Meerenai Shim, contemporary flautist, describes herself as “[committed] to the advancement of the flute repertory.” Pheromone, the third of her solo recordings, doesn’t disappoint on this count. While Shim’s execution displays an appealing directness throughout, the album is thankfully much more than a virtuoso showcase. This album is about new pieces by exciting composers.
What is most effective here is the theme: the album is a collection of electroacoustic commissions, all in reaction to Eli Fieldsteels’ Fractus III: Aerophoneme, originally written in 2011, which is included as the first track. The piece is an extended exploration of flute and Supercollider dialogue, alternately spacey and pulsing, aggressive and reticent. Shim’s flurried runs are occasionally executed with less precision than her sharp attacks, flutter-tongue, and other effects, but not to the point of distraction. Eventually, familiar harmonic progressions appear in an extended pop language that is thoroughly enjoyable in context. Why feel guilty? Materials here are complex enough, no brain cells are being lost; might as well enjoy the scenery.
The score to Fractus itself is worth investigating, and is available as a video that can be watched along with the piece. What is really innovative is the care with which Supercollider has been scored with the same blend of traditional and extended notation as the flute. Supercollider is an expressive equal here, its potentials managed and planned with the deliberation of traditional compositional approach, creating a subtle “phonemic” dialogue with the flute. Originally intended for four-channel speakers, the piece occasionally loses a bit of strength in sections where four channels may have enhanced the experience – but there is something attractive about the flatness that results.
When composers can start with such a highly developed palette as a starting point for inspiration, pieces of real depth can emerge – the focus here yields a whole new expressive realm. Whether or not these works may be properly considered new “repertoire” is dependent on the performability of these pieces independently of the live electronic noodling of the original composers. Still, it’s a worthy goal.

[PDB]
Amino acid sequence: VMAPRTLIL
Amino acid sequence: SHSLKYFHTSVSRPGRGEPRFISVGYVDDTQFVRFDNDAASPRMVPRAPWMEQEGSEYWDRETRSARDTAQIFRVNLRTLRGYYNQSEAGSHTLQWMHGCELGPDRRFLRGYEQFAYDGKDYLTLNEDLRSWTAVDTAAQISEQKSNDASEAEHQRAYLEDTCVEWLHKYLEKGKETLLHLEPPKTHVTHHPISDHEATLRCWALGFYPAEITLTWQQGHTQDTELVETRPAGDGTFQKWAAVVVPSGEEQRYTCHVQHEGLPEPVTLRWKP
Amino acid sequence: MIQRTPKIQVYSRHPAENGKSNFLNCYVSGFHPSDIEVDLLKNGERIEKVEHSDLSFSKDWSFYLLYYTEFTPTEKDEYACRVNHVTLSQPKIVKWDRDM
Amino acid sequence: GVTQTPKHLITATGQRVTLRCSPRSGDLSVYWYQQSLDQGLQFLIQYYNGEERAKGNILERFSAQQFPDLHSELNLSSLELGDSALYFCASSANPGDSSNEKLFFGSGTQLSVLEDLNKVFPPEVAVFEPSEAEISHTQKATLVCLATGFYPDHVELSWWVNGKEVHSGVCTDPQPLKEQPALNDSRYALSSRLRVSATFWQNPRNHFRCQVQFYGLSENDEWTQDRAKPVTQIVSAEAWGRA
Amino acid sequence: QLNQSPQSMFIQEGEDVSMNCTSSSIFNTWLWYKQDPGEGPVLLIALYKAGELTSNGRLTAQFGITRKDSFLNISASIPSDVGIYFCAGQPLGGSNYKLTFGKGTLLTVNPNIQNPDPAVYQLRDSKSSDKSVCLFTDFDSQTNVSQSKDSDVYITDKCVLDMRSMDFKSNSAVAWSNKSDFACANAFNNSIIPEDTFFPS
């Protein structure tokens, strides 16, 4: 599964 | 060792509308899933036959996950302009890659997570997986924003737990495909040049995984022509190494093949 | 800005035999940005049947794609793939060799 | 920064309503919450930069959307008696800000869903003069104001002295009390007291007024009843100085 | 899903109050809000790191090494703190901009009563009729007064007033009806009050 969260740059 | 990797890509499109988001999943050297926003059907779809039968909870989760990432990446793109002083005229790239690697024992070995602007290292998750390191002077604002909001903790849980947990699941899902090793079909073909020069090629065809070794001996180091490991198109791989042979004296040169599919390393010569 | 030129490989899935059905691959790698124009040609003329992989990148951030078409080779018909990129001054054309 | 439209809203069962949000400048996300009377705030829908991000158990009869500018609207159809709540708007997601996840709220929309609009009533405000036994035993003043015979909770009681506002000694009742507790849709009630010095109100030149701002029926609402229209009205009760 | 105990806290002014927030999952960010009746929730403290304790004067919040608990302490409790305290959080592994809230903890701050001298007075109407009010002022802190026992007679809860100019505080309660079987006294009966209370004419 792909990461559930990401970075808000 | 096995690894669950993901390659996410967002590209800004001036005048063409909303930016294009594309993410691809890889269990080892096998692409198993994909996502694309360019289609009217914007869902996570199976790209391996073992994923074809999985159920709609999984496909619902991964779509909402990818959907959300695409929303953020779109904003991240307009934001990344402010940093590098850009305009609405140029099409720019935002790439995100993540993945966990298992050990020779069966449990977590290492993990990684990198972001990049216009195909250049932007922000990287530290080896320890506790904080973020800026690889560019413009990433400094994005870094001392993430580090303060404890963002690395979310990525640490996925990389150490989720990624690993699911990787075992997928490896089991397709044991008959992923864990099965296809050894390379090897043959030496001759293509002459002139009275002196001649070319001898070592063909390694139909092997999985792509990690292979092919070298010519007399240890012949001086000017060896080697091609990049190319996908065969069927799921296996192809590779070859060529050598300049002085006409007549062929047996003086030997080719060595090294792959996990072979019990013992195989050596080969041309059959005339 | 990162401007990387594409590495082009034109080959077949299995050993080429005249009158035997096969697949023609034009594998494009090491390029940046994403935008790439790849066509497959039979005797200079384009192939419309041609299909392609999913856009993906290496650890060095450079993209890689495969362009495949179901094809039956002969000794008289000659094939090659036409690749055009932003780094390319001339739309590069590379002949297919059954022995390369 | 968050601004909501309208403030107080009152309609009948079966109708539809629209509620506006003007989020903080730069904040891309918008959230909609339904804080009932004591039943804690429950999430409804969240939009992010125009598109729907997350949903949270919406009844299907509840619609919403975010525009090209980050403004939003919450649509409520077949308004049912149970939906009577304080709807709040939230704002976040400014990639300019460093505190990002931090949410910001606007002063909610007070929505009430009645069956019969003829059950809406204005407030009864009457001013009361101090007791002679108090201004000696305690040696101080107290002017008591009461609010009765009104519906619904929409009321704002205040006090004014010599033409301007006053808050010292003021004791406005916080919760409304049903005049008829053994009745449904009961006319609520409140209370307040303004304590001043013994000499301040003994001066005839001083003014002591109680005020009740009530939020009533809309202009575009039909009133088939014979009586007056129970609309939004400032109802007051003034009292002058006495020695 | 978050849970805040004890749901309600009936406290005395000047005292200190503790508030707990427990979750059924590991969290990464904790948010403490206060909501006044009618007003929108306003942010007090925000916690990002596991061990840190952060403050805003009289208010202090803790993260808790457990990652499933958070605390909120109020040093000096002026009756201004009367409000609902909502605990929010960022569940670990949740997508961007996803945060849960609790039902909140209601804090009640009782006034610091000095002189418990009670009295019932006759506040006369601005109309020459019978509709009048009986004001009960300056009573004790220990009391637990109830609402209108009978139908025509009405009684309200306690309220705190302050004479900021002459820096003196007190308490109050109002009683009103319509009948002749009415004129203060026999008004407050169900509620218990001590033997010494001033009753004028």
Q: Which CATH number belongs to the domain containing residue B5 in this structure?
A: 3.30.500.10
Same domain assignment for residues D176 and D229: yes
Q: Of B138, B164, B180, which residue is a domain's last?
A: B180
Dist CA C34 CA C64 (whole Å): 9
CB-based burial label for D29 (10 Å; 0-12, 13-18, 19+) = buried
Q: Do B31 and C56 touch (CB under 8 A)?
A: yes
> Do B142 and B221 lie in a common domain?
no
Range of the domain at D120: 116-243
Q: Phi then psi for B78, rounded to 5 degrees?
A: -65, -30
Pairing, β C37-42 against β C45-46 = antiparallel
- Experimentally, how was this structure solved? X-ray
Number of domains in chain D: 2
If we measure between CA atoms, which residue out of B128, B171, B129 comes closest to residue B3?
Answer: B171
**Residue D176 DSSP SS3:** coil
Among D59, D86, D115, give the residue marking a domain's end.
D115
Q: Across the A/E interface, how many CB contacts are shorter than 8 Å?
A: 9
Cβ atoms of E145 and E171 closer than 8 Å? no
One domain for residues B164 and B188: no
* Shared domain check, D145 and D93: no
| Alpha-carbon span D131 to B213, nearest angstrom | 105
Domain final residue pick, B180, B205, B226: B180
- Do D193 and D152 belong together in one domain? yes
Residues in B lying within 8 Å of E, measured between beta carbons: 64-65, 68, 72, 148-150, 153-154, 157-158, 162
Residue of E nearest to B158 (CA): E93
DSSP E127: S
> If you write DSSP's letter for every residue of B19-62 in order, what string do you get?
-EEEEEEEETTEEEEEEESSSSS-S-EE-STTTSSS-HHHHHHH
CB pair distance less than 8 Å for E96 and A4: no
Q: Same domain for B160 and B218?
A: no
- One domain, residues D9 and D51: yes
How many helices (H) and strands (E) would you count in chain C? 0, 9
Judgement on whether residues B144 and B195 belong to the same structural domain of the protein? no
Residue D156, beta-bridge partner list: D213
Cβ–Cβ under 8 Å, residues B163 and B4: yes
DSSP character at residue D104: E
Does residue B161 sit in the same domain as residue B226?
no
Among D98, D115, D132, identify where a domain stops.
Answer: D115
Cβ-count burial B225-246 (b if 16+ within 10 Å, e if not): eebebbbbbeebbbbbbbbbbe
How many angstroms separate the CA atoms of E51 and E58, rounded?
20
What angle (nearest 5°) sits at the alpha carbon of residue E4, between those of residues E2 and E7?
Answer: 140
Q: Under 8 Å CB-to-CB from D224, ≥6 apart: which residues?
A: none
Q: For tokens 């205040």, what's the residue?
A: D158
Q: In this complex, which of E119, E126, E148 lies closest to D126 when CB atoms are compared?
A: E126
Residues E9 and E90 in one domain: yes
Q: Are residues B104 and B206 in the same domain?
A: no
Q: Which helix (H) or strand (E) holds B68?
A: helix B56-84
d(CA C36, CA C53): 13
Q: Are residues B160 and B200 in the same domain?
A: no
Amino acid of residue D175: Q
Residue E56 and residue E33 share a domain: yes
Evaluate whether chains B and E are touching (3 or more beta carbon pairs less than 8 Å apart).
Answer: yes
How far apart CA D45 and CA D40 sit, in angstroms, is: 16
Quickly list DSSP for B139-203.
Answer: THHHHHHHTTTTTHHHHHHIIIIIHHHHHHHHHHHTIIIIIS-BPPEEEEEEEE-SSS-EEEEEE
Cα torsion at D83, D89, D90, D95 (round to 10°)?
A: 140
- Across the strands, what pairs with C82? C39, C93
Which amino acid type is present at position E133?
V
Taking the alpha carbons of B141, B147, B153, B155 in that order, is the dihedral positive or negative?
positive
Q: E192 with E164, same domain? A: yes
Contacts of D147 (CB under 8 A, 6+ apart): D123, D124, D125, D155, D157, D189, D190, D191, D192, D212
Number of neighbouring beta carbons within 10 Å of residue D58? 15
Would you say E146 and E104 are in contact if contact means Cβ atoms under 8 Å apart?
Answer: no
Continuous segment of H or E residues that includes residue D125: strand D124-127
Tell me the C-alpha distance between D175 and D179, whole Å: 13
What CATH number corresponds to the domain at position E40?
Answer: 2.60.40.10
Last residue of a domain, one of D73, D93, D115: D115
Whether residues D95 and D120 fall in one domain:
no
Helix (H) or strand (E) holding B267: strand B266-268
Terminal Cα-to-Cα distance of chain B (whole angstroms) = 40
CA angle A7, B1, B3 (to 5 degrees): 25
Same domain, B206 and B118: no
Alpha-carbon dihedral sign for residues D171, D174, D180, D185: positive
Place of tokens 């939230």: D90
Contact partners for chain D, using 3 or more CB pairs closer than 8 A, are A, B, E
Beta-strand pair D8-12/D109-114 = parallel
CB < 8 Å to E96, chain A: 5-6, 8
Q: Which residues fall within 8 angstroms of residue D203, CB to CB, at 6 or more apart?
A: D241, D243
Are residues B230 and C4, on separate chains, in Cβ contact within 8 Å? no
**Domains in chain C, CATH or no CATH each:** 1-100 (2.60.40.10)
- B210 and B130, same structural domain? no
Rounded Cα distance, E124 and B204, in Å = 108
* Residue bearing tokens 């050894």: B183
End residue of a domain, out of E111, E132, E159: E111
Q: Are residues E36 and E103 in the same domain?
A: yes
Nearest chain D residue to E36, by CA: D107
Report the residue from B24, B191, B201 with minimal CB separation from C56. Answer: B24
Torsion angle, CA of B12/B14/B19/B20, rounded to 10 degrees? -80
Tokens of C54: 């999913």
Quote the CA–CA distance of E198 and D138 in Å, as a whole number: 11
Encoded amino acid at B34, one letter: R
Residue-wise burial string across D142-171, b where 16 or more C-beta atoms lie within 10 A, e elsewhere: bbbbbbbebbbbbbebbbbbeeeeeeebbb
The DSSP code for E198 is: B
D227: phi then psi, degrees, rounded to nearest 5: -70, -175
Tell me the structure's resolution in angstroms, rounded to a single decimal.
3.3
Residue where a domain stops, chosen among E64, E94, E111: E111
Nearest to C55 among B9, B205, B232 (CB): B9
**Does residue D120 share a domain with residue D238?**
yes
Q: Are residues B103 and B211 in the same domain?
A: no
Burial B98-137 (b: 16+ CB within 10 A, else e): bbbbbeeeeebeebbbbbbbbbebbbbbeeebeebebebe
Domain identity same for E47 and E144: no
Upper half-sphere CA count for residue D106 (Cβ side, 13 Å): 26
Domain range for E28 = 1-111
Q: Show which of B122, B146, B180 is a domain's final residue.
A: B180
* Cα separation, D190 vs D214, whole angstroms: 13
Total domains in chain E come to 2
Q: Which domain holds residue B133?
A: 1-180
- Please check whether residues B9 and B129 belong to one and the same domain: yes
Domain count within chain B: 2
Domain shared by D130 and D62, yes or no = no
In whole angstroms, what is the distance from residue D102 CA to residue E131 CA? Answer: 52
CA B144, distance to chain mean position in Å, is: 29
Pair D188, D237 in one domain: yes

Track 2, Huge Blank Canvas Neck Tattoo by Gregory C. Brown is for alto flute and digital delay and starts, as one might expect, purified of some of Fractus III’s excess. Predictable additive gestures quickly build, however, into a thicket of stimulating activity. Harmonic progressions loop and the texture becomes so homophonic at times, medieval texture is suggested, especially considering the rhythmic repetitions. While the soloist-plus-delay formula is not particularly complex in concept, in execution these layers are sophisticated and fulfilling. A particular pleasure is the lethargic, slowed loop of a flute attack, which showcases the uniquely wild partials of a flute attack in detail. Attacks are taut, microtonal descents are layered with an eventual lyrical alto flute lushness over pop harmonic language.
Track 3, Pencilled Wings by Emma O’Halloran is a pleasant respite, as shimmering filtered electronics surround crystalline leaping partials in the flute, with whistle tones lending the right kind of strained beauty. The texture shifts, here sparse, there heavy and modal, as piano plunks out ambiguous harmonic poles. Again, pop influences and “dated” electronic sounds are somehow completely welcome, as they are part of a larger vision. Tinkling piano octave samples mix with roasty electronic pads, and the effect is more than a little new aged, but who cares? There is real love for electronics as an idiom here, and we would be boorish not to be swept along. Besides, it’s not all butterflies. There is grounded ferocity behind all the cock-eyed ornament.